We like convenience in our busy society. Convenience sells. Convenience makes life easier. We might say convenience makes the hectic pace of life possible. But how often do we stop to consider what we are giving up?
If we were really honest with ourselves, would we find that convenience has become one of our life values—something we will sacrifice other values in order to get?
Sometimes life is hectic and convenience is worth paying for, but is it a good idea to make convenience our way of life? I think our society has become addicted to convenience. I see signs of it in my own life.
For example: When pre-shredded cheese first hit the local store, I was suspicious. Was it more expensive? Did it taste as good? But I was a busy mother and shredded cheese was darned convenient. It quickly became my standard way to buy cheese. It was fast, it was affordable, and I didn’t spend much time pondering the quality.
Shredded vs. non-shredded cheese. Not a big deal, in and of itself, but when I make decision after decision based on what is most convenient, I have made convenience one of my life values—whether I realize it or not.
Lately I have been rethinking my appreciation for convenience. Partly because I’m paying more attention to what I eat, and partly because I’ve been trying to be more intentional about living according to my values.
I have come to realize that convenience often clashes with what I claim are my values.
- Shopping. I like the idea of supporting local businesses, yet stopping at various local stores is less convenient than going to WalMart and doing all the shopping at once. I am trying to be more intentional about making the effort to buy local.
- Healthy eating. If I want to remain fit and healthy long-term, I need to pay attention to what I eat, which means fewer additives, less processed food. Cooking healthier takes more planning and longer preparation, but I am willing to give up convenience in order to gain better quality—both in taste and nutrition.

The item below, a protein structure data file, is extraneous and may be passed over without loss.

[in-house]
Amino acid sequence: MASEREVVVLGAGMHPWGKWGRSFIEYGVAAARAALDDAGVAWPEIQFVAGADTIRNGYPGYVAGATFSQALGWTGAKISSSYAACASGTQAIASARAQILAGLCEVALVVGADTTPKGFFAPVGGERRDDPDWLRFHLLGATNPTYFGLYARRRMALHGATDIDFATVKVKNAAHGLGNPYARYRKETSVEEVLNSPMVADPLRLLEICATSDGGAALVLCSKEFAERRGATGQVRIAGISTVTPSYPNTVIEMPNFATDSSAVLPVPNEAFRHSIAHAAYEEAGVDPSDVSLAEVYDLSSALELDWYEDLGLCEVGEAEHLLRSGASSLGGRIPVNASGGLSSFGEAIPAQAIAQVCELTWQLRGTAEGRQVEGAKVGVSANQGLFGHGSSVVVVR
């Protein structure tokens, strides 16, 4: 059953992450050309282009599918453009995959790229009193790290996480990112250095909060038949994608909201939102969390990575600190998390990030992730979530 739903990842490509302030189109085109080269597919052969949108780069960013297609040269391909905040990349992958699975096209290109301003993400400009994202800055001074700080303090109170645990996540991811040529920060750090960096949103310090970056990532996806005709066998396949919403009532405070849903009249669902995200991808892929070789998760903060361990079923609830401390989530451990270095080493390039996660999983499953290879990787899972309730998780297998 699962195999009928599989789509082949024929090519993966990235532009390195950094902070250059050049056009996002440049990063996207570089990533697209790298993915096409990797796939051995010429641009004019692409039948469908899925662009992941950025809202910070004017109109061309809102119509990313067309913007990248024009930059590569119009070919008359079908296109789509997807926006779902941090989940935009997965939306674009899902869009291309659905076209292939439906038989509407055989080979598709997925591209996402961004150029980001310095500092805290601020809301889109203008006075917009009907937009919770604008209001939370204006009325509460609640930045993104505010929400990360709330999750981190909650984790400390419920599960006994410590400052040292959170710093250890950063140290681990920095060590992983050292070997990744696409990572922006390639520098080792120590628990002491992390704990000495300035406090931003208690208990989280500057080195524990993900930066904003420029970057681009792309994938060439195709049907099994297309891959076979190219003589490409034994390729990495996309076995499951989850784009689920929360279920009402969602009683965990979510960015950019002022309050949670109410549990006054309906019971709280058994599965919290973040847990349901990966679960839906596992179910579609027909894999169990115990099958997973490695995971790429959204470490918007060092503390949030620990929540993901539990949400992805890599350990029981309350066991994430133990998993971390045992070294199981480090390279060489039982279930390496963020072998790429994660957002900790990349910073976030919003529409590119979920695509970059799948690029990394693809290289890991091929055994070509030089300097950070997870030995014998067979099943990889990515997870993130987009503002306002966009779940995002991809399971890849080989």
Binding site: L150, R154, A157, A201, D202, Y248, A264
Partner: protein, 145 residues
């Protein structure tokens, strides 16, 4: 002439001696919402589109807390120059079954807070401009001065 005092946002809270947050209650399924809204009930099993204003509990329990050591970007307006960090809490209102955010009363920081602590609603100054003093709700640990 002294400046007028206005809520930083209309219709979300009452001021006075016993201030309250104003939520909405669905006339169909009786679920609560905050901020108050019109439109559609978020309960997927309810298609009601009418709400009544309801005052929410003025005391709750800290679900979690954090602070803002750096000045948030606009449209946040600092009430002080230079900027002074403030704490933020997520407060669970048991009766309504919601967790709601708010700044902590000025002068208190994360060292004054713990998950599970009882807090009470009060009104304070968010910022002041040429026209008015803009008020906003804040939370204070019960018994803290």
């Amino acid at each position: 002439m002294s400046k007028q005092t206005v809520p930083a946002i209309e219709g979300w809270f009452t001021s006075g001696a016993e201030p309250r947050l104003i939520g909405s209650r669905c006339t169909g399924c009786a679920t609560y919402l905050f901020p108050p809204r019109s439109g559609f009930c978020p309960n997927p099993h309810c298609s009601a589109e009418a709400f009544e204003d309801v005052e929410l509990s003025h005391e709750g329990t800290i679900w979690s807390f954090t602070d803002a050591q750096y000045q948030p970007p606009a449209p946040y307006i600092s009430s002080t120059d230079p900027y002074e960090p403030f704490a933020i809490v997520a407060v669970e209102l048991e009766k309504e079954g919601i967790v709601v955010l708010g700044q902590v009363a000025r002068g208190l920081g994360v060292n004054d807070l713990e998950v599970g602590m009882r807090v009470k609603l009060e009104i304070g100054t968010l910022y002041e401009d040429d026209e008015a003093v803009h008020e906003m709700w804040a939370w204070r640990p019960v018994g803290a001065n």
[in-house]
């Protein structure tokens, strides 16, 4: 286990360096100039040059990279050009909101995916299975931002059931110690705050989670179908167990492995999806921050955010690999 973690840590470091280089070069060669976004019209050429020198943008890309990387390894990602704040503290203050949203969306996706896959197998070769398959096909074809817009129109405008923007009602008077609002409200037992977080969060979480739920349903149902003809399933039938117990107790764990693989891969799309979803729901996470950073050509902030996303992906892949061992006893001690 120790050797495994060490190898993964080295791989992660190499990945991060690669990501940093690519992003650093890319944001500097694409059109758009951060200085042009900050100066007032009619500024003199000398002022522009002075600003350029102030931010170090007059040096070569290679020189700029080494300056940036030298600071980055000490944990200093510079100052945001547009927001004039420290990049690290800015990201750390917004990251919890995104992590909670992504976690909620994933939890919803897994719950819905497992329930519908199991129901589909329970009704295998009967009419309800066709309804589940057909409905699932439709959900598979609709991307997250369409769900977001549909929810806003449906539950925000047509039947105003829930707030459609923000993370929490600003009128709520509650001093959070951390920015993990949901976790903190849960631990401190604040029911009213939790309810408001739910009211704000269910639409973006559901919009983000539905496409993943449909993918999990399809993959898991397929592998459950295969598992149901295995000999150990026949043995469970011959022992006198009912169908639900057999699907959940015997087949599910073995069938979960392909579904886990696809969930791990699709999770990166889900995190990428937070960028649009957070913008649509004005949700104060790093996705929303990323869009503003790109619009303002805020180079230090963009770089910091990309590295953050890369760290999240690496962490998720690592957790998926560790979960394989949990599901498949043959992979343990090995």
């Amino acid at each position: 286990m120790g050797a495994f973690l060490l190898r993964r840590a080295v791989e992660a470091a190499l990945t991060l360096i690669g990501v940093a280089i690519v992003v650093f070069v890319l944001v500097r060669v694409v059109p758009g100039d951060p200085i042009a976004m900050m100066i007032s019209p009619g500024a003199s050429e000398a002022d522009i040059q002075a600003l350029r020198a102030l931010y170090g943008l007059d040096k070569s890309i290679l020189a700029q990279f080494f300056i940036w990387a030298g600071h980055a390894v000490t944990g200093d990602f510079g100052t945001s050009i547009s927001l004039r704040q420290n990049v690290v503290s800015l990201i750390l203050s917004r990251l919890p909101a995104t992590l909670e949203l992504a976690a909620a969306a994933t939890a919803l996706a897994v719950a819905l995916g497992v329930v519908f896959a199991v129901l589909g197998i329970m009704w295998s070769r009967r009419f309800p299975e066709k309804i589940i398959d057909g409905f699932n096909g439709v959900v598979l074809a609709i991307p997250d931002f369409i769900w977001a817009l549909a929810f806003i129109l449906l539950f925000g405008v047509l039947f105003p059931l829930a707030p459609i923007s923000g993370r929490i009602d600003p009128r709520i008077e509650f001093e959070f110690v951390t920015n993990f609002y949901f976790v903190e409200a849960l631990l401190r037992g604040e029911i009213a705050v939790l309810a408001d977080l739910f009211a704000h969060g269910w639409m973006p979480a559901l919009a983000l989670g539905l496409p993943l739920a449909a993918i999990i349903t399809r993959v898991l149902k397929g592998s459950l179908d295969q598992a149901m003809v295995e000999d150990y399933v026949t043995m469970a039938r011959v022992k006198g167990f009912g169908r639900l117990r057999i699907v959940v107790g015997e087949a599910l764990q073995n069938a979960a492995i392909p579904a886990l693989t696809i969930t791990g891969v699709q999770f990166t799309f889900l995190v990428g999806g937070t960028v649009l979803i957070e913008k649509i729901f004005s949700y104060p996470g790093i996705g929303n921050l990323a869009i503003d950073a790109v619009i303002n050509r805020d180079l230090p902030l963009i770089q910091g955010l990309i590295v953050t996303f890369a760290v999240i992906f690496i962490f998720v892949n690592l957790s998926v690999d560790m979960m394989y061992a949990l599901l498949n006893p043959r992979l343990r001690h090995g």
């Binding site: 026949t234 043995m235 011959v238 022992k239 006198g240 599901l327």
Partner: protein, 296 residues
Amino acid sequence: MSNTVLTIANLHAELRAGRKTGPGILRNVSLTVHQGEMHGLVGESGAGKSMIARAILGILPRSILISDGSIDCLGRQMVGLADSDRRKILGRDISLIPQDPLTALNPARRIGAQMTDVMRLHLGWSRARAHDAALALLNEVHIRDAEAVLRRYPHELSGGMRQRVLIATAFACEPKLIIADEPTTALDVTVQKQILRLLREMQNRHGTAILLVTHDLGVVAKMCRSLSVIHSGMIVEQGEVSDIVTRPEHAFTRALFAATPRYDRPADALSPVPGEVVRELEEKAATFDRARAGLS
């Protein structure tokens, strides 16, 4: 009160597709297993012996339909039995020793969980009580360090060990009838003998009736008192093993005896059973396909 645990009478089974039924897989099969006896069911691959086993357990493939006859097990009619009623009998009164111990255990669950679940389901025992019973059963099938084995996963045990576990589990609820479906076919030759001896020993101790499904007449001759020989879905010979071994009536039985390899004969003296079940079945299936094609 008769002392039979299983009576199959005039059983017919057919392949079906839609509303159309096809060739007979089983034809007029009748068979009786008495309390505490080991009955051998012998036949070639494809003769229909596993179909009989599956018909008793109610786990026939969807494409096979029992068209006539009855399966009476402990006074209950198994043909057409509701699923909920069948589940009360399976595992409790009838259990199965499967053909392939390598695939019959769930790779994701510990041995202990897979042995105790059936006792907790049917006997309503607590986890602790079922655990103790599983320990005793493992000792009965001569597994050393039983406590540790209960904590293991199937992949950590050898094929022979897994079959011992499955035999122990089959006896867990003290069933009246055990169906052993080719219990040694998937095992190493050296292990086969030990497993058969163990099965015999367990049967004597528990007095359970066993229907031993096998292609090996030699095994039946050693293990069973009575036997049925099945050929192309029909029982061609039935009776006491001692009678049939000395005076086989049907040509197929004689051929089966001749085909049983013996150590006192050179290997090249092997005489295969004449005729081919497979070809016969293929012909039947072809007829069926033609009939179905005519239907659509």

- Getting involved. I sometimes write about the benefits of learning something new or making a difference. Yet, as an introvert I am happy spending most of my time alone, doing what I want to do, in my way, on my terms. Staying home is easier than driving somewhere to attend a class or volunteering at a local organization. I have to be intentional about getting out and getting involved. Some days I am frustrated when volunteer obligations interfere with my writing goals, but I believe that in the long-term I’ve made the better choice.
- Availability. People and relationships are some of my most important values, yet making room in my schedule for others and their needs is often inconvenient. I have work goals, responsibilities, and plans for how I spend my free time. When I sense conflict between my personal agenda and a relationship or need that crops up, I remind myself that convenience is not a value, while spending time with people is.
Where has convenience crept into your life and taken over? Where might it be time to get more intentional and fight back?